Type to search


Black, white and dead all over: an apologia for newspapers

“I SEEK NEWSPAPERS! I SEEK NEWSPAPERS!” one rueful writer cries a la Nietzsche and the parable of the hermit who declared, “God is dead.” Extra, extra...the paper’s reality is now nothing but a silhouette, duh. One writer, like Diogenes the Cynic plodding around the agora with his lantern in search of an honest man, insists that the great beacon of the broadcasts, the great bellwether of bombshells, the news, is still alive. Graphic BY Meghan Holloran | photo editor

Nine out of 10 times growing up, I would walk into my childhood bedroom to a pile of newspaper articles on my desk. As I flipped through them, there was no set topic, no niche interest that I was fanatically researching. Instead, they were diverse stories that my dad had set aside for me during his daily reading of the newspaper because he thought they would interest me. I remember that act of love fondly and still excitedly await my dad’s email with obscure articles to enjoy. 

Much news content may have moved online, but it is still the news. The industry may be facing a never-before-seen turn to the internet, but they are still vital to keeping the public informed. Newspapers are more than an aesthetic, more than a collection of articles folded in a complicated manner. They are a business, they are a group of editors and reporters figuring out what story to tell and when. 

I am no stranger to people’s complaints about the state of journalism, so when Reno Valentino wrote an article about the dying industry, I wasn’t surprised and it wasn’t something I hadn’t heard before. In fact, when I told people I was studying journalism, the top response was that the printed newspaper was dying. 

People need to stop saying that the news industry is dying when it is really just changing. When I am nervous about the state of journalism, I simply remind myself there will always be news. No matter what form it takes, reporters will have news to report and stories to tell.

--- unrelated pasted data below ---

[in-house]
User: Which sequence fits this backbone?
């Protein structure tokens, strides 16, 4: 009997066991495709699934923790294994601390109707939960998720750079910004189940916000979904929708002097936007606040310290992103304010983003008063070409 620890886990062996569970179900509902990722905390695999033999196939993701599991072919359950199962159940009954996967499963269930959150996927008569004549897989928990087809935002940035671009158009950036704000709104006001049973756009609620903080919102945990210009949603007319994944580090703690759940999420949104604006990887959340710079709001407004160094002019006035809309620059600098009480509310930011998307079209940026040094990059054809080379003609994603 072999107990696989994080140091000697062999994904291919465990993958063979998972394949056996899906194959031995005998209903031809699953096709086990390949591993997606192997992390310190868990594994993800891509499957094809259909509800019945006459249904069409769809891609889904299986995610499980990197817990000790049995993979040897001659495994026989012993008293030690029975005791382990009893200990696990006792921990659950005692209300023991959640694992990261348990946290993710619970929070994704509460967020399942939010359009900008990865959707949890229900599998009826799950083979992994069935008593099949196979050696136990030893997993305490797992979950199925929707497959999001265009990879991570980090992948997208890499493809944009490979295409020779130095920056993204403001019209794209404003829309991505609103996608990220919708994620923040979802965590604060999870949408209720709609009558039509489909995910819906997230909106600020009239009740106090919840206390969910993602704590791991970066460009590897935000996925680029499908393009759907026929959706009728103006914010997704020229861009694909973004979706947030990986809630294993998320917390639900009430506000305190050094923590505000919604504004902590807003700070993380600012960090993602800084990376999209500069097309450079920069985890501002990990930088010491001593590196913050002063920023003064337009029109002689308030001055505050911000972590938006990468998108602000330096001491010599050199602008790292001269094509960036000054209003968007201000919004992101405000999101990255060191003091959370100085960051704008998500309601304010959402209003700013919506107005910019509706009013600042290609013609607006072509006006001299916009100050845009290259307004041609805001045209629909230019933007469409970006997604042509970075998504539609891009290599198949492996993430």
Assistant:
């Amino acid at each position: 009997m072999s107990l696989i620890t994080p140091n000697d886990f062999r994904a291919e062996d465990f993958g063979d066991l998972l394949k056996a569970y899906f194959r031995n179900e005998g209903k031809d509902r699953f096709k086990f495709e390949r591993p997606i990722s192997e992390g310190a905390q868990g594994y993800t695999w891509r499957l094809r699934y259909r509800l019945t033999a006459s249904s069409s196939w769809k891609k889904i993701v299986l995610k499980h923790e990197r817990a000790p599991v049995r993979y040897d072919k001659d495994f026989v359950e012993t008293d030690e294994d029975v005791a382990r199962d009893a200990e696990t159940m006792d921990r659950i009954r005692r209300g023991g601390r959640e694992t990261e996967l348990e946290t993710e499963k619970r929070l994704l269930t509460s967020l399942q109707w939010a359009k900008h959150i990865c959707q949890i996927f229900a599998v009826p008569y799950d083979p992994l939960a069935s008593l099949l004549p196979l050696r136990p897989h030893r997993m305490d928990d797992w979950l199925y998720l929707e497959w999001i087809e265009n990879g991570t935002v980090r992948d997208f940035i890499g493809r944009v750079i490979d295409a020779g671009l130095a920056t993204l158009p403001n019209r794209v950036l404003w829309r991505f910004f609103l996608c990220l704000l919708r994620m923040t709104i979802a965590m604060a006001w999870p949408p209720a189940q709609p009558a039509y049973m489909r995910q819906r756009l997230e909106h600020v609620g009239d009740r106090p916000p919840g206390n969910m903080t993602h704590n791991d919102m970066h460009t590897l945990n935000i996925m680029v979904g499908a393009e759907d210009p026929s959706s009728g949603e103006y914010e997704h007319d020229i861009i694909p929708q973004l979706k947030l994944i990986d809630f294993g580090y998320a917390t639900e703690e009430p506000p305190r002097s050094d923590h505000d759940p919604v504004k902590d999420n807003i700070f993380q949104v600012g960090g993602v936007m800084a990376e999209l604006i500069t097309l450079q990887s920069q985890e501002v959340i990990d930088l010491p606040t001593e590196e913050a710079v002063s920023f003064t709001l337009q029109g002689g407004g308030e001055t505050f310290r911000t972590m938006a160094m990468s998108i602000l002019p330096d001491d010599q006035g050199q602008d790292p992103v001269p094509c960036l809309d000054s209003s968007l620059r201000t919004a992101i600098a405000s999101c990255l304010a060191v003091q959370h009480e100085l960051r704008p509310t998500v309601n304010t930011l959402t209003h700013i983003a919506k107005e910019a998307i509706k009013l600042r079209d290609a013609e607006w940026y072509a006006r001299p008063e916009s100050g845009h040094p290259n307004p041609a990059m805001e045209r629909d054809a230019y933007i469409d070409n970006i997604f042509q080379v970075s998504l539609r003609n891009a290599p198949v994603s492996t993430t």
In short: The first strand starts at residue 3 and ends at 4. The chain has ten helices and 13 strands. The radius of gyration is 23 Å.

Valentino challenges the industry and asks if anyone is reading. Yes, they are. Young and old people tune in every day to learn what is happening in the world around them. People read the stories in their preferred format, sure, but the job of a reporter is not to force people to pick up a printed copy but instead to write an engaging story. 

Print and digital versions of the paper each have their own purpose. Older readers may not know how to access a digital newspaper, but they can count on the printed version showing up at the door every day. Older readers and readers who do not have access to technology, for that matter, deserve to have access to the paper. Additionally, just like with books, some people simply prefer paper, and that is okay. The printed paper still serves its purpose. Times may be changing, yes, but they aren’t changing that fast. 

Speaking of change, we can’t ignore that we live in a digital world now, and while it is a funny joke that the news industry is notoriously stubborn and slow to change when it comes to the internet, that just isn’t the case. Newsrooms have adapted and built an online presence. You can access pretty much any story online nowadays, and they break important stories quickly over social media. Sure, they can do more, but that will come with time. 

I am still scared of change and sad that this is where we are though. I wish for everyone to recognize the beauty of a printed newspaper — to understand what I was excited about every time I got a new article from my dad. But people catching up on the news on their phones during their commute to work will just have to be good enough. 

Skip to content